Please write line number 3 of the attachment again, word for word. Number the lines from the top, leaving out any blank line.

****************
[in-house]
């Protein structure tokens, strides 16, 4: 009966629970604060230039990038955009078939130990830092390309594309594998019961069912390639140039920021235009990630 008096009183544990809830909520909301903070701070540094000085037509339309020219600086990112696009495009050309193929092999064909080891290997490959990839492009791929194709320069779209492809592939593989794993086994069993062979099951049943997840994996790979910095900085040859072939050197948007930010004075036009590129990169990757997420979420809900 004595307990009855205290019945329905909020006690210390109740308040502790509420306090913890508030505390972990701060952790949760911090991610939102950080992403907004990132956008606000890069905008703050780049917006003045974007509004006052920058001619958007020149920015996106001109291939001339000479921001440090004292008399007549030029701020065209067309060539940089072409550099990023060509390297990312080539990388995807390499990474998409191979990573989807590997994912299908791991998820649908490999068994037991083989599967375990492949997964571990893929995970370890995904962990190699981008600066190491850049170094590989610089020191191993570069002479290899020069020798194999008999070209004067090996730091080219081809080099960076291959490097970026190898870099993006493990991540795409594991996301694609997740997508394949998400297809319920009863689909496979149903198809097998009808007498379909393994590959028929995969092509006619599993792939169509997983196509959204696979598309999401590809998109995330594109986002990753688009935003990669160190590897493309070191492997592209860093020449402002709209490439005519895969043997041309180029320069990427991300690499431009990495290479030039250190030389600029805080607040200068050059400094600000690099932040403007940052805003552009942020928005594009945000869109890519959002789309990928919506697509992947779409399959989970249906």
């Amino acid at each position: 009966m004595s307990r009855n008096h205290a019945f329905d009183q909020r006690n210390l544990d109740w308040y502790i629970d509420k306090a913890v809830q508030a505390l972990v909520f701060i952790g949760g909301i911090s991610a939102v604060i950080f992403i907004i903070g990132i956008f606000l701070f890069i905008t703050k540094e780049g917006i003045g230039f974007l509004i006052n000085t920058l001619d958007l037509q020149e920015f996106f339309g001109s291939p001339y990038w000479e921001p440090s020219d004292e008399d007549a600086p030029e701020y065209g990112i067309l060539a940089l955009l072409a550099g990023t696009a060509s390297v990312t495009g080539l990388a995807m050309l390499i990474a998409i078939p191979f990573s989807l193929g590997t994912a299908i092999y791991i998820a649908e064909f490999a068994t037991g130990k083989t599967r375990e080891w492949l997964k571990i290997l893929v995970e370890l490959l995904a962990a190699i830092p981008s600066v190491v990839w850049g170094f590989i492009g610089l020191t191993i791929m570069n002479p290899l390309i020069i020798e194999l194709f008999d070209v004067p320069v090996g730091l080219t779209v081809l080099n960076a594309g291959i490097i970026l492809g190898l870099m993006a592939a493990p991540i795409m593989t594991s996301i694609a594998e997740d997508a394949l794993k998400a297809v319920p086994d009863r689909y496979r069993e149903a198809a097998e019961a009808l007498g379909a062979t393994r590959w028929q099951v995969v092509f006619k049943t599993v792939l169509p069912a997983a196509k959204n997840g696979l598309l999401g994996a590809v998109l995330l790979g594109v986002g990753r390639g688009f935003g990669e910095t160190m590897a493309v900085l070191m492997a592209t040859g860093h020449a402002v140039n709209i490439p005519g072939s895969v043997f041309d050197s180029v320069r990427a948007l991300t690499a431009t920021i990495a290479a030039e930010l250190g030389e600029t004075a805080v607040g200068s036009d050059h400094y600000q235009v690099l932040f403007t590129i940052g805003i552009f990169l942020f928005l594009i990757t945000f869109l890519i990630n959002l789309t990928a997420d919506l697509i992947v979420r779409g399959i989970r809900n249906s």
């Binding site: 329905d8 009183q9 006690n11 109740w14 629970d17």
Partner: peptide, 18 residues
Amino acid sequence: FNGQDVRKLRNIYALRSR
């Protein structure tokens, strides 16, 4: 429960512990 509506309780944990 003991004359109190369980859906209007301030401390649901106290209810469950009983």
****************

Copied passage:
């Amino acid at each position: 009966m004595s307990r009855n008096h205290a019945f329905d009183q909020r006690n210390l544990d109740w308040y502790i629970d509420k306090a913890v809830q508030a505390l972990v909520f701060i952790g949760g909301i911090s991610a939102v604060i950080f992403i907004i903070g990132i956008f606000l701070f890069i905008t703050k540094e780049g917006i003045g230039f974007l509004i006052n000085t920058l001619d958007l037509q020149e920015f996106f339309g001109s291939p001339y990038w000479e921001p440090s020219d004292e008399d007549a600086p030029e701020y065209g990112i067309l060539a940089l955009l072409a550099g990023t696009a060509s390297v990312t495009g080539l990388a995807m050309l390499i990474a998409i078939p191979f990573s989807l193929g590997t994912a299908i092999y791991i998820a649908e064909f490999a068994t037991g130990k083989t599967r375990e080891w492949l997964k571990i290997l893929v995970e370890l490959l995904a962990a190699i830092p981008s600066v190491v990839w850049g170094f590989i492009g610089l020191t191993i791929m570069n002479p290899l390309i020069i020798e194999l194709f008999d070209v004067p320069v090996g730091l080219t779209v081809l080099n960076a594309g291959i490097i970026l492809g190898l870099m993006a592939a493990p991540i795409m593989t594991s996301i694609a594998e997740d997508a394949l794993k998400a297809v319920p086994d009863r689909y496979r069993e149903a198809a097998e019961a009808l007498g379909a062979t393994r590959w028929q099951v995969v092509f006619k049943t599993v792939l169509p069912a997983a196509k959204n997840g696979l598309l999401g994996a590809v998109l995330l790979g594109v986002g990753r390639g688009f935003g990669e910095t160190m590897a493309v900085l070191m492997a592209t040859g860093h020449a402002v140039n709209i490439p005519g072939s895969v043997f041309d050197s180029v320069r990427a948007l991300t690499a431009t920021i990495a290479a030039e930010l250190g030389e600029t004075a805080v607040g200068s036009d050059h400094y600000q235009v690099l932040f403007t590129i940052g805003i552009f990169l942020f928005l594009i990757t945000f869109l890519i990630n959002l789309t990928a997420d919506l697509i992947v979420r779409g399959i989970r809900n249906s």